Previous studies have focused mainly on the association of knee extensor muscle strength and activity limitations. There has been little research into the role of knee flexor muscle strength in activity limitations in patients with OA. However, in this group of patients an appropriate strength of the knee extensor and flexor muscles is important for stability of the knee and prevention of joint stress (13).

The aim of this study is to examine the association between changes in knee muscle strength (extensor and flexor muscles separately, and averaged) and changes in activity limitations in patients with established knee OA at 2 years. We hypothesized that, in patients with established OA, an increase in strength of the knee extensor and flexor muscles, as well as an increase in mean knee muscle strength, would be associated with a decrease in activity limitations in the long term.

PATIENTS AND METHODS

Patients

A total of 186 patients from the Amsterdam Osteoarthritis (AMS-OA) cohort (127 females, 59 males) with unilateral or bilateral diagnosis of knee OA according to the American College of Rheumatology (ACR) criteria (15) were included in this study. The AMS-OA is a cohort of patients with OA of the knee and/or hip (16, 17), who have been referred to an outpatient rehabilitation centre (Reade, Centre for Rehabilitation and Rheumatology, Amsterdam, The Netherlands) (14, 18). In the present study, the group of patients was defined as established knee OA due to the combination of confirmed diagnosis of knee OA according to ACR criteria and the presence of OA-related problems that led patients to seek specialized care. Patients were assessed by rheumatologists, radiologists and rehabilitation physicians. Exclusion criteria were rheumatoid arthritis or any other form of inflammatory arthritis (i.e. crystal arthropathy, septic arthritis, spondyloarthropathy), and total knee replacement during the follow-up period. Two years after the baseline assessment patients were invited to the follow-up assessment (Fig. 1) . Demographic, radiographic, clinical, psychosocial and biomechanical factors related to OA were assessed at baseline and at 2-year follow-up. The assessment of muscle strength and physical performance was completed by the same 2 trained movement scientists following an established and approved protocol. At follow-up, the data collectors did not have information on baseline assessment. Only patients who completed the assessment at both time-points were included in the study. All patients provided written inform consent according to the Declaration of Helsinki. The study was approved by the Reade Institutional Review Board.

 

13810.png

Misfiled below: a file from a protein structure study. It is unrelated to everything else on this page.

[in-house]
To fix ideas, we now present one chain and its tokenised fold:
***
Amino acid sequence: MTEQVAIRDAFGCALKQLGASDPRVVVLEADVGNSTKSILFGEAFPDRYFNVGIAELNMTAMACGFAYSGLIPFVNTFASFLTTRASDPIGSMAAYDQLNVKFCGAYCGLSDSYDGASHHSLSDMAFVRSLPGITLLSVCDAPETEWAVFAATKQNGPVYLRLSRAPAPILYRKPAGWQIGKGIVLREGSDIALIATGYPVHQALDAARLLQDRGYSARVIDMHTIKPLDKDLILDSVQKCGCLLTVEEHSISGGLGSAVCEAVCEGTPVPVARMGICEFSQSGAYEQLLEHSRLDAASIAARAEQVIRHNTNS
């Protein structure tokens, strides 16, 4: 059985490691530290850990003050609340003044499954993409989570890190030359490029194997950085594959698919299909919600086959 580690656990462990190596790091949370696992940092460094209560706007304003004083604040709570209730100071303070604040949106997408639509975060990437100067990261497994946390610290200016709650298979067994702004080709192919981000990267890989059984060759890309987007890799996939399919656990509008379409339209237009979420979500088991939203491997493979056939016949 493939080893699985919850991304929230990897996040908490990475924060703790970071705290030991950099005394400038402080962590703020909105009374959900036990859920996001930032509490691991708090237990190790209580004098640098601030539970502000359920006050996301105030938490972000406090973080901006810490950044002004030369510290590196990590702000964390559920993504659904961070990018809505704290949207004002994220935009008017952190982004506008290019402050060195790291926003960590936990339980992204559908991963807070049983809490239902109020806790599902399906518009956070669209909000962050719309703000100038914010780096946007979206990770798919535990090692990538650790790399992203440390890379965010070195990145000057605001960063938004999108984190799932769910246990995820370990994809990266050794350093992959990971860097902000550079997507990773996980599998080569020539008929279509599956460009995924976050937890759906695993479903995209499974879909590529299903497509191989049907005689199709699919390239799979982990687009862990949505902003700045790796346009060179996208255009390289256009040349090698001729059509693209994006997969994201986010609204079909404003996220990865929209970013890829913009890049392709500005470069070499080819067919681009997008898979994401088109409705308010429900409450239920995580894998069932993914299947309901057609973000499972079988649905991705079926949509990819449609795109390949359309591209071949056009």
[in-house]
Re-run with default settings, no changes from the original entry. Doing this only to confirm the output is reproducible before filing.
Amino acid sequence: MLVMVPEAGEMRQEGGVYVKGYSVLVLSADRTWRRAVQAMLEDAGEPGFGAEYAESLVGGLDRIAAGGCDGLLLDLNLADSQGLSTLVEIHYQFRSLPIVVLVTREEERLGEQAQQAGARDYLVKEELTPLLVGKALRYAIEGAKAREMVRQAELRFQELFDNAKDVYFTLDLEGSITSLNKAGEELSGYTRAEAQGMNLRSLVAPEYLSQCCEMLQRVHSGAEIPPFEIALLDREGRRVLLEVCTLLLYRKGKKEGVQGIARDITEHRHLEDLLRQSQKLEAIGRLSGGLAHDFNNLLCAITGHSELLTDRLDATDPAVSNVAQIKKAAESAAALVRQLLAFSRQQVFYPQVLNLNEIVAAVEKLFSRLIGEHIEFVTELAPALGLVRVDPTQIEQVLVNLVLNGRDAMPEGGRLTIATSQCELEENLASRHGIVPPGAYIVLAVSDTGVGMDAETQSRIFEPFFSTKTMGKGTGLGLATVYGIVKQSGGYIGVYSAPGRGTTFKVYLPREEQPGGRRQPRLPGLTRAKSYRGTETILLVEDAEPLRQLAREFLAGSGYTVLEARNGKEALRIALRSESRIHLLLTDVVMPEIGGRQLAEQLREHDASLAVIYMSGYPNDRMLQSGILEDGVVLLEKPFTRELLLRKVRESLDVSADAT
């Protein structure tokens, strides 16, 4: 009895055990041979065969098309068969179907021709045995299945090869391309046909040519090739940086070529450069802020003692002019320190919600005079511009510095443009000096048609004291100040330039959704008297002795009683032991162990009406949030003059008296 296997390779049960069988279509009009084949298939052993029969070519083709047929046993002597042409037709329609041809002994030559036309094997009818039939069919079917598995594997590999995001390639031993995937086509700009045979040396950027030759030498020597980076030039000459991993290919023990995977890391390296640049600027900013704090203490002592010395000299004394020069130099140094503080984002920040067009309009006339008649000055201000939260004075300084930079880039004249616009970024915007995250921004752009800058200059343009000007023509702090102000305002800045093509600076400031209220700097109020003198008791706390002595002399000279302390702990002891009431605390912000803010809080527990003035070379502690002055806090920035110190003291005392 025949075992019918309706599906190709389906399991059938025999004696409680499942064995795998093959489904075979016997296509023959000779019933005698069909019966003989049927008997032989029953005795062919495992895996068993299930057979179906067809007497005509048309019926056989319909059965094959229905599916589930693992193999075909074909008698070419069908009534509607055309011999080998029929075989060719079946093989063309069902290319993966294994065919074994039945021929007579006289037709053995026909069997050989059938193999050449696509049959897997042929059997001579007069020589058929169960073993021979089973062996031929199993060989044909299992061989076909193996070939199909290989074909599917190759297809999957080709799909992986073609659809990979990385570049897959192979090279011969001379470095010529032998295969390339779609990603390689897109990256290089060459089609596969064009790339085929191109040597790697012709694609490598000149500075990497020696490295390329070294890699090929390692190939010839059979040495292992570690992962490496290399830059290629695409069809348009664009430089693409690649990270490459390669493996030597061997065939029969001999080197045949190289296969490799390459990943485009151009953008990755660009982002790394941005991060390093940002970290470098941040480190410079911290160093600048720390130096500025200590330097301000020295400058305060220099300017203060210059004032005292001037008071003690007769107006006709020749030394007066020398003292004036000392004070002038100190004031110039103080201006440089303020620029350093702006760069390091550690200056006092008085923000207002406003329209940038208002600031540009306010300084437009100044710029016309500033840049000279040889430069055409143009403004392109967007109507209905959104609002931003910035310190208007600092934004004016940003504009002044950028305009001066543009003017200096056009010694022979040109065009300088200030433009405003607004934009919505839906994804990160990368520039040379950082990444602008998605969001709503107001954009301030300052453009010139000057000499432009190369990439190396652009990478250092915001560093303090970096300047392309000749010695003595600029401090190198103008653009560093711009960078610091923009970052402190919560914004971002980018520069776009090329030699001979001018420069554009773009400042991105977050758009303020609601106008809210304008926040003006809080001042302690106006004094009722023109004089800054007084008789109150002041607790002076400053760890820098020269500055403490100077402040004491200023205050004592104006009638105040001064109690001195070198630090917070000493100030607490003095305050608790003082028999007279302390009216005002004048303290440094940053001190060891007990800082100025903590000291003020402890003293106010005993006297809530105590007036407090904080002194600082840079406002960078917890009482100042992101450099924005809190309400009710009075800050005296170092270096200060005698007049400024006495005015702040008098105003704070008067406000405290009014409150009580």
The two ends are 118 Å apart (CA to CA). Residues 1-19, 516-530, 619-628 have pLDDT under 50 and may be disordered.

Fig. 1. Patients course during the study.

 

Measures

Muscle strength. Knee muscle strength was assessed concentrically using an isokinetic dynamometer (EnKnee, Enraf-Nonius, Rotterdam, Netherlands) at baseline and at 2-year follow-up (18). Patients carried out an initial practice attempt to familiarize them with the required movements. The patients performed 3 maximal test repetitions to measure the isokinetic strength of the knee extensor muscles (mainly quadriceps) and knee flexor muscles (mainly hamstrings) for each knee, at 60°/s. The mean values of knee muscle strength (knee extensor and flexor combined, as well as mean knee extensor and mean flexor muscle strength (separate) per leg were calculated (Nm) and divided by the patient’s weight (kg) (19). This measure (in Nm/kg) has shown an excellent intra-rater reliability (intraclass correlation coefficient (ICC) 0.93) in patients with knee OA (20). Muscle strength parameters were averaged over the 2 legs, due to the fact that 132 (71%) patients included in the study had OA in both knees and muscle strength in the 2 legs was highly correlated in our group of patients (r = 0.82, p = 0.01). In addition, optimal muscle strength in both legs is required for an appropriate performance of ambulatory activities of daily living.

Activity limitations. Activity limitations were assessed using the Western Ontario and McMaster Universities Osteoarthritis physical function index subscale (WOMAC-PF), a self-reported questionnaire, and 2 physical performance tests (the Get Up and Go test (GUG) and the stairs test).

The WOMAC questionnaire was used to evaluate self-reported activity limitations, stiffness and pain in patients with OA (21). It has 5 items related to pain and 2 related to stiffness. The physical function (PF) section comprises 17 items, each scored 0–4, giving a possible total score of 0–68. Higher scores represent more activity limitations. A validated Dutch version of WOMAC (22) was used in this study.